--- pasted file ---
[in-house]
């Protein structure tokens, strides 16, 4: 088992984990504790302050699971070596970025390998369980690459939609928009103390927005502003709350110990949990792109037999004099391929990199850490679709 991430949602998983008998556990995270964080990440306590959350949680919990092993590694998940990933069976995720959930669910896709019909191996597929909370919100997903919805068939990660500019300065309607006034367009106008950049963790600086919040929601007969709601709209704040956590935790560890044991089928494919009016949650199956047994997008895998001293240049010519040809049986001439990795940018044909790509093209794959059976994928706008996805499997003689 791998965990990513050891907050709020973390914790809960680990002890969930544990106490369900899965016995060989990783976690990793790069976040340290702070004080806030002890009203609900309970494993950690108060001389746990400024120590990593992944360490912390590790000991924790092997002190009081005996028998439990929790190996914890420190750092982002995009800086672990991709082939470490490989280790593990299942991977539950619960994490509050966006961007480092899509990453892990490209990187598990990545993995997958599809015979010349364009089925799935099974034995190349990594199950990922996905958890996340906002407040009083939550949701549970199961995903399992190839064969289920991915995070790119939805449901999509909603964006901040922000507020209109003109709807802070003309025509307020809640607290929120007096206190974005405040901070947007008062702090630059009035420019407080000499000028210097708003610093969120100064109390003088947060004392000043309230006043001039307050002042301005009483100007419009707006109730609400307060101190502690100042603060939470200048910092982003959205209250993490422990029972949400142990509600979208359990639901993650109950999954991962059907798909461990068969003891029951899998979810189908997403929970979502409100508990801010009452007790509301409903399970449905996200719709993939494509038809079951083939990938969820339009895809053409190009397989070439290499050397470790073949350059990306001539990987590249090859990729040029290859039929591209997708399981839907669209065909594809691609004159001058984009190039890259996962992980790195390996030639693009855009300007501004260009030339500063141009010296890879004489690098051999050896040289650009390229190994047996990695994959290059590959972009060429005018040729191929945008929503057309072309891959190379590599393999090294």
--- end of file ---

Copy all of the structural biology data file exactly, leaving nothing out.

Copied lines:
[in-house]
């Protein structure tokens, strides 16, 4: 088992984990504790302050699971070596970025390998369980690459939609928009103390927005502003709350110990949990792109037999004099391929990199850490679709 991430949602998983008998556990995270964080990440306590959350949680919990092993590694998940990933069976995720959930669910896709019909191996597929909370919100997903919805068939990660500019300065309607006034367009106008950049963790600086919040929601007969709601709209704040956590935790560890044991089928494919009016949650199956047994997008895998001293240049010519040809049986001439990795940018044909790509093209794959059976994928706008996805499997003689 791998965990990513050891907050709020973390914790809960680990002890969930544990106490369900899965016995060989990783976690990793790069976040340290702070004080806030002890009203609900309970494993950690108060001389746990400024120590990593992944360490912390590790000991924790092997002190009081005996028998439990929790190996914890420190750092982002995009800086672990991709082939470490490989280790593990299942991977539950619960994490509050966006961007480092899509990453892990490209990187598990990545993995997958599809015979010349364009089925799935099974034995190349990594199950990922996905958890996340906002407040009083939550949701549970199961995903399992190839064969289920991915995070790119939805449901999509909603964006901040922000507020209109003109709807802070003309025509307020809640607290929120007096206190974005405040901070947007008062702090630059009035420019407080000499000028210097708003610093969120100064109390003088947060004392000043309230006043001039307050002042301005009483100007419009707006109730609400307060101190502690100042603060939470200048910092982003959205209250993490422990029972949400142990509600979208359990639901993650109950999954991962059907798909461990068969003891029951899998979810189908997403929970979502409100508990801010009452007790509301409903399970449905996200719709993939494509038809079951083939990938969820339009895809053409190009397989070439290499050397470790073949350059990306001539990987590249090859990729040029290859039929591209997708399981839907669209065909594809691609004159001058984009190039890259996962992980790195390996030639693009855009300007501004260009030339500063141009010296890879004489690098051999050896040289650009390229190994047996990695994959290059590959972009060429005018040729191929945008929503057309072309891959190379590599393999090294």